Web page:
In small business, as in life, there are two certainties. One is taxes. The other is the absolute guarantee that sooner or later a critical hardware or software system will fail, leaving your business to muddle through on manual systems.
When you run a small business, you don’t have the luxury of a full-time IT department to help you recover quickly. Nor can you afford to cobble together a backup program and expect it to work when the chips are down. That’s why, for my small business clients, I recommend thinking about how you’ll deal with a data disaster before it happens. (And trust me, it will.)
These are the four guidelines you need to think about today, while all your PCs and applications are working smoothly and your stress level is low:
Know what your data is worth.
If your PC-powered point-of-sale system spits out a hard copy for every transaction, you might be able to recover fairly easily if you lose your online sales data for a day or two, just by re-entering the sales information. But if you have a high-volume mail-order business, you’ll want to make sure the details of every sale are stored locally and backed up offsite, in real time. Knowing how much you stand to lose will help you decide what kind of backup system you need.
Find a repair/recovery specialist you can trust.
When I ran my own local PC repair business a few years ago, I was amazed at the number of people who called me for the first time after a data disaster had occurred. They were panic-stricken, and their business had ground to a halt (and their income had dropped to zero) while they tried to figure out what to do next. The best time to hire a computer repair/data recovery specialist is before disaster strikes. Grill a potential candidate the way you would interview an important new hire. Be sure that person understands how your business works and is capable of adapting his or her services to your needs. And be sure to check references carefully, preferably by talking to customers with businesses similar to yours.
Have a data disaster plan.
There’s no such thing as a one-size-fits-all backup and recovery plan, just as there’s no such thing as a generic small business. What will you do if a lightning strike fries the motherboard on your PC? How will you recover is a failing hard drive damages the data files for your accounting program? Are you prepared if a thief walks away with the notebook containing your client database and billing records? A competent consultant should be able to help you tailor a system that matches your business needs, maintaining a stock of spare parts for critical systems, setting up on- and off-site backup routines, and implementing security features (such as BitLocker drive encryption) to prevent intruders and thieves from accessing confidential data.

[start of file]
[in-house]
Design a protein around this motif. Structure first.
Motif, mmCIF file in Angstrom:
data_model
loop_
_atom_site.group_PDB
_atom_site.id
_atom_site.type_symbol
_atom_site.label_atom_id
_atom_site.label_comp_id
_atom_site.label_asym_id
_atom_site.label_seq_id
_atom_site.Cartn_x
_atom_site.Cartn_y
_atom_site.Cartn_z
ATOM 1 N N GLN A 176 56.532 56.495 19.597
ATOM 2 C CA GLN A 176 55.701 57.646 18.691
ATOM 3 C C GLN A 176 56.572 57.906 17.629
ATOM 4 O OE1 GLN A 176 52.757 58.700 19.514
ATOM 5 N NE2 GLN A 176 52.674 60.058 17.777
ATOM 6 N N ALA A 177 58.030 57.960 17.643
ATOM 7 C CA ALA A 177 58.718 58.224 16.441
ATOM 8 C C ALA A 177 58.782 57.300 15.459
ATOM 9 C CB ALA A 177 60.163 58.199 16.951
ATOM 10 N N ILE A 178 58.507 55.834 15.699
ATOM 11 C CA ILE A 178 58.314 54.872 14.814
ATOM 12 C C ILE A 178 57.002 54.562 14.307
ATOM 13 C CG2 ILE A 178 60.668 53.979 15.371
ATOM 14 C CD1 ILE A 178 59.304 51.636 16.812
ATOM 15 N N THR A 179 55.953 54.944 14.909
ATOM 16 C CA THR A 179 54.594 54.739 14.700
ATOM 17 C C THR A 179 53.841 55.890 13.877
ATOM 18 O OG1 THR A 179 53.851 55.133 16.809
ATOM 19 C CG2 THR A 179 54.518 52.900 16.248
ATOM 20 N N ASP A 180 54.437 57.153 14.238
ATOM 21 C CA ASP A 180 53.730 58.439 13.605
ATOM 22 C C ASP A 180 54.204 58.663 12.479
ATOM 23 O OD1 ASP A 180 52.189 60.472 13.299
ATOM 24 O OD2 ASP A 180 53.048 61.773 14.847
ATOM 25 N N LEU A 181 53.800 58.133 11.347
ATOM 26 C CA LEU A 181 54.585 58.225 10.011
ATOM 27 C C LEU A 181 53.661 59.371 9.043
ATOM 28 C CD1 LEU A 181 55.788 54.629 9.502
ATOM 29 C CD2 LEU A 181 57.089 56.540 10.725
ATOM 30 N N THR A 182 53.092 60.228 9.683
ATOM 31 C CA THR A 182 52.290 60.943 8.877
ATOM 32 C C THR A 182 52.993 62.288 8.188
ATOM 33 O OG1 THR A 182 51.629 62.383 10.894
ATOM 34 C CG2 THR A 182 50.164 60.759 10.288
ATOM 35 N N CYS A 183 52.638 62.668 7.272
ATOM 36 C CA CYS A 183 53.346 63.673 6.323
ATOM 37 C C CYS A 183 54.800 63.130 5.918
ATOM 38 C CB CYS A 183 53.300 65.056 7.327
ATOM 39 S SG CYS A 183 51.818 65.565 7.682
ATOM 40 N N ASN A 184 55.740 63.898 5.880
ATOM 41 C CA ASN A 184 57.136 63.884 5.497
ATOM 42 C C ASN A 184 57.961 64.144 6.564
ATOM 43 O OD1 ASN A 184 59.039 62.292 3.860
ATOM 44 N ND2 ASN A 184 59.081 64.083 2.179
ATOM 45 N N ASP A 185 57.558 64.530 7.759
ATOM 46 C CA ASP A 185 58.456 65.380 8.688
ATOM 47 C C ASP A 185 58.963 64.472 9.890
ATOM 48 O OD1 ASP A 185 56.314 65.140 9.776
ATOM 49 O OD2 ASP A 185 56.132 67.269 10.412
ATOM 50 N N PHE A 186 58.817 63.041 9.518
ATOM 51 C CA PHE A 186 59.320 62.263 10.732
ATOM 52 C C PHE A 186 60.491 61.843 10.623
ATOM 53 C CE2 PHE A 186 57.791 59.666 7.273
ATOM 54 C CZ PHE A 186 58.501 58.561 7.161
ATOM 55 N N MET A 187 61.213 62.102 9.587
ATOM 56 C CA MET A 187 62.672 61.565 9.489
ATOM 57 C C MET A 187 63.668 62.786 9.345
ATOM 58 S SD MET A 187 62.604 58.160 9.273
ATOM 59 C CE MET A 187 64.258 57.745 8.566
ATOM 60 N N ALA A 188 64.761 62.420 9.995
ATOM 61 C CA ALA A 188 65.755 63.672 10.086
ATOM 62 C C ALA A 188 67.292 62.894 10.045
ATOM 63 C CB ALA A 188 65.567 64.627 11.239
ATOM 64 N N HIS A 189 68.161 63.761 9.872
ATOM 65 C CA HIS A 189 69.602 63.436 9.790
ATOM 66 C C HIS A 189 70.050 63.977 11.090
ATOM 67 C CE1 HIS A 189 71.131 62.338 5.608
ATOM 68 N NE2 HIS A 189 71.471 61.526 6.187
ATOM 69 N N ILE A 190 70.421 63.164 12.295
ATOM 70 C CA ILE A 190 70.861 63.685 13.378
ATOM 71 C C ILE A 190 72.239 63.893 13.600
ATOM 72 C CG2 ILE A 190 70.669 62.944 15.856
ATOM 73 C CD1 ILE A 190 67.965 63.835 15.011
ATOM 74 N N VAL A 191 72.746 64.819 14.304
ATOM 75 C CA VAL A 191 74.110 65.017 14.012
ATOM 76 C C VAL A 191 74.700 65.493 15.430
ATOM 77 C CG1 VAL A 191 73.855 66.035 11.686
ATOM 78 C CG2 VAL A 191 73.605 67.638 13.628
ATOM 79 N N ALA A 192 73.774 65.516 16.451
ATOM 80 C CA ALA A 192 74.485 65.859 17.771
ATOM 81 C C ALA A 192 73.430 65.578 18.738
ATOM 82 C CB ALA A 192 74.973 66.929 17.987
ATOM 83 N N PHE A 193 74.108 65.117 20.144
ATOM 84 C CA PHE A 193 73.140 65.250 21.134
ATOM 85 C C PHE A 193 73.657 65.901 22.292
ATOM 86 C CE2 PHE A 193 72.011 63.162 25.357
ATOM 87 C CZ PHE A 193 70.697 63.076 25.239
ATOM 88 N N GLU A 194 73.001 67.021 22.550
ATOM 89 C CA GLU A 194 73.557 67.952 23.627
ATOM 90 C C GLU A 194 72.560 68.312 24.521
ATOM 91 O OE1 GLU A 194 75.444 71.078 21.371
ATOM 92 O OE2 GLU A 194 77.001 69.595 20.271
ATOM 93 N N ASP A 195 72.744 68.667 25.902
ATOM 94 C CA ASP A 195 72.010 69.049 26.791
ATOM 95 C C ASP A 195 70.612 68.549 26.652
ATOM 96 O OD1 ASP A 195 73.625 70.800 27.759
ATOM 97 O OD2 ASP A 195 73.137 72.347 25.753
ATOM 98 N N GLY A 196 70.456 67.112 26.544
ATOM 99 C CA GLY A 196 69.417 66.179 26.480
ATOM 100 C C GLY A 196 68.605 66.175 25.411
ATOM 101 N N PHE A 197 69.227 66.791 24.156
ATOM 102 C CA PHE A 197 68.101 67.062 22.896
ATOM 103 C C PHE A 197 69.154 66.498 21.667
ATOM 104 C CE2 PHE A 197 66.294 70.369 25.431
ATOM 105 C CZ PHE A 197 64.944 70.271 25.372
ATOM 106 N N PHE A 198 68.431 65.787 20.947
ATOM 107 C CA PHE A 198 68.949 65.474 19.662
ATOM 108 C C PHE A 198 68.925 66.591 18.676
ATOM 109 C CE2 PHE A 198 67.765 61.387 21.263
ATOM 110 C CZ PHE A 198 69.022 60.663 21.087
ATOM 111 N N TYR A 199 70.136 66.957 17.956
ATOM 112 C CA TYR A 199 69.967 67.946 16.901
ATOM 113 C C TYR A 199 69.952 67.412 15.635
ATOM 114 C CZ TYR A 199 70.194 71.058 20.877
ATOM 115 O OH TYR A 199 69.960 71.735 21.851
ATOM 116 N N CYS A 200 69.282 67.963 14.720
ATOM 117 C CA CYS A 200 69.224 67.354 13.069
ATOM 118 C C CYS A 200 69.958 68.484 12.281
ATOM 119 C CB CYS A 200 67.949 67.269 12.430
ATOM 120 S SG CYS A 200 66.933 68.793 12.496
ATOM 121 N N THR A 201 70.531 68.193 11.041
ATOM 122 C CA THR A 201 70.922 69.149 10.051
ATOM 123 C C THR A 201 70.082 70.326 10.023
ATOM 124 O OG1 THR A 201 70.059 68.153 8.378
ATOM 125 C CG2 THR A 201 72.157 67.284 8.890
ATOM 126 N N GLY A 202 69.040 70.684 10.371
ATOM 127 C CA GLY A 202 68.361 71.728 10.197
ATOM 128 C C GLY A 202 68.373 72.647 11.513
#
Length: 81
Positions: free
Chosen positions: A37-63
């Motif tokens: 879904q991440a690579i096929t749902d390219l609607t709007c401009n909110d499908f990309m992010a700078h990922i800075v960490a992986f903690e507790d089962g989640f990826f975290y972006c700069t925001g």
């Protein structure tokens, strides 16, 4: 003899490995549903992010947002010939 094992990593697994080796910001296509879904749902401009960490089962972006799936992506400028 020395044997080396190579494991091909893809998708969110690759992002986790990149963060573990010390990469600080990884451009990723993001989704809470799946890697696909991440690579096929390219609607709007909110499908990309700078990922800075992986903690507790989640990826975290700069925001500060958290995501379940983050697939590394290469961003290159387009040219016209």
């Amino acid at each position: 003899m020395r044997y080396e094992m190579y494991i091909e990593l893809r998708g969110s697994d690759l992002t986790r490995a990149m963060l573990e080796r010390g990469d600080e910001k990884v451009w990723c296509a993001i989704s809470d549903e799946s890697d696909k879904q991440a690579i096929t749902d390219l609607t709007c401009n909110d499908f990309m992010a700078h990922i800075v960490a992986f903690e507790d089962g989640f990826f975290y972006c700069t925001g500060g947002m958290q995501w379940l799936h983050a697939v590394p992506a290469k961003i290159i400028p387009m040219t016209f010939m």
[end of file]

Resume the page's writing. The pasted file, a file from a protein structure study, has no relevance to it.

Do regular data recovery drills.
The flip side of every backup plan is a recovery plan. Murphy’s Law guarantees that some critical system will fail at the most inconvenient possible time, and the last thing you want to be doing under those stressful conditions is flipping frantically through a manual figuring out how to bring back your lost data. Even worse is discovering that the files you really need were never backed up at all and are lost forever. A good repair/recovery partner can help you test your your backup system regularly to make sure that you can quickly recover the data you need when you need it. And make sure your employees know who to call and what to do (and what not to do) if a crucial computer system stops working properly.
I’m always impressed with the ingenious systems that smart business people devise to keep their crucial data always available. One friend, who runs an international consulting business that bills at breathtaking hourly rates, buys two identical laptops and keeps a mirror image of data and program files on each one. If one notebook fails, the second one can be pressed into service as fast as FedEx can deliver it. When my father ran a chain of dry cleaners, each with its own point-of-sale system, his employees ran backup tapes every night, and those tapes were included in the same envelope that held the day’s receipts.
Your emergency preparedness system doesn’t have to be that intricate (or that expensive). The important thing is to have a plan.
* * * * *
About the Author: Ed Bott is an award-winning technology journalist with more than two decades’ experience writing for mainstream media outlets and online publications, including stints as editor of the U.S. edition of PC Computing and managing editor of PC World. He writes Ed Bott’s Windows Expertise and also writes a column at ZDNet.